I should add a caution about names applied to Asian diatoms using identification literature written for European freshwaters, especially after my comments in “Back to the Himalayas …”.   Until the 1980s there was a widespread belief that diatom species were cosmopolitan and could be found all around the world.  This belief became self-fulfilling as, armed with this assumption, biologists set out with books written by and for Europeans and blithely applied the names to the diatoms that they found.  From the 1980s, however, papers started to appear in which people took a closer look at variation in some of these apparently cosmopolitan species and argued that there were, in fact, substantial differences between forms from different locations, and that there were, in fact, much greater numbers of diatoms than previously thought, and that many of these were restricted to particular geographic regions.   But then, in 2002 Bland Finlay and colleagues challenged this emerging view by arguing that it was not diatoms that were restricted in their distributions, it was the locations where these detailed studies had been performed that were rare.   In other words, given enough time and effort on the part of diatomists, we should expect to see these so-called endemic species cropping up in samples from all over the world.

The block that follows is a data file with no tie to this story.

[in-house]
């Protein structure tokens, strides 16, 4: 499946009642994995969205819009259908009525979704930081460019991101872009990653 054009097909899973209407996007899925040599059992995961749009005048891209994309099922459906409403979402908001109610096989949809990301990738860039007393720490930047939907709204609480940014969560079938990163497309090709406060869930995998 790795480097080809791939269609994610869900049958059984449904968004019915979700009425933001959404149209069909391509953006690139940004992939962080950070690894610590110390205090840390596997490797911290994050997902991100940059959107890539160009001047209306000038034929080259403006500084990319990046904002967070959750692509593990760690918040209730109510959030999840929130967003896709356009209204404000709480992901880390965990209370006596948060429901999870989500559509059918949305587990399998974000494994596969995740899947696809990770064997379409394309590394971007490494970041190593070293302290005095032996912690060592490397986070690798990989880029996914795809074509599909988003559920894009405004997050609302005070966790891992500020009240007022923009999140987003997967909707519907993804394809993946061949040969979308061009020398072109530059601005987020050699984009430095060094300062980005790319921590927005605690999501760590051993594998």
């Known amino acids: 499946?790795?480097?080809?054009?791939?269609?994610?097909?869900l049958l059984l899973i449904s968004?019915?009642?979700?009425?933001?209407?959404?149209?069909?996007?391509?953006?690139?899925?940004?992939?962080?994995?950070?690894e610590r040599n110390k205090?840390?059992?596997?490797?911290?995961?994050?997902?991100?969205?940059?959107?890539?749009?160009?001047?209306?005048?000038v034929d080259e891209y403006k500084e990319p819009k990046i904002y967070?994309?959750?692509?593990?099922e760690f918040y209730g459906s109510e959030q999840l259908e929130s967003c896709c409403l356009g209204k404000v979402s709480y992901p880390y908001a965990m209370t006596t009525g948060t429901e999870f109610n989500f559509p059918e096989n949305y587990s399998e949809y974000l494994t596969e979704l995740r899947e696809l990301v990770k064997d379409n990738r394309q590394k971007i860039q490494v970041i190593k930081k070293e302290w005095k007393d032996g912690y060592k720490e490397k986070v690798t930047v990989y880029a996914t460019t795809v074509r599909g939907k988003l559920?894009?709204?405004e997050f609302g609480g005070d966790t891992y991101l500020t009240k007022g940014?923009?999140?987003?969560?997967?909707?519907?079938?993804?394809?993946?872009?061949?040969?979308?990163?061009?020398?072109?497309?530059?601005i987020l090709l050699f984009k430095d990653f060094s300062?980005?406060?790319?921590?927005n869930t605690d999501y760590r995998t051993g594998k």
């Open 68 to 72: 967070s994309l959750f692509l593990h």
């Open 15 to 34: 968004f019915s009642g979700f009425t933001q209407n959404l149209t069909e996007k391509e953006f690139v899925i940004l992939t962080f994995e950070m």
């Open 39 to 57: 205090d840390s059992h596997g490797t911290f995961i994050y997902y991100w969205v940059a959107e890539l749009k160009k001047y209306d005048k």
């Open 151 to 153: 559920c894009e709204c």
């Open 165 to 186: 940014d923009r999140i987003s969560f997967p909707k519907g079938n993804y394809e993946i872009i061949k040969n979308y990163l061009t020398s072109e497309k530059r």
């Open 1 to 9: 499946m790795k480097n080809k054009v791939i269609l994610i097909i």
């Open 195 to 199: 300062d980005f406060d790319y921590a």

This created a brouhaha within the diatom world which resulted in some further papers that questioned Finlay’s assertions and argued from theoretical grounds that there was no reason why diatoms should not be restricted to a limited geographical area.  As the new century progressed, diatomists added molecular barcoding to their armouries and this offered partial support for both positions: some diatoms – or at least some strains of some diatoms, Nitzschia palea and Gomphonema parvulum, for example – do appear to be genuinely cosmopolitan whilst others do not.  Of course, Finlay and colleagues always hold the trump card in this respect: it is not possible to disprove the existence of any so-called endemic species elsewhere in the biosphere until every conceivable habitat has been examined. But a truce, of sorts, does seem to be emerging.

Sampling the calcareous seepage near So’qoq, April 2017.  The picture at the top of the post shows the valley upstream of Kumyshkang.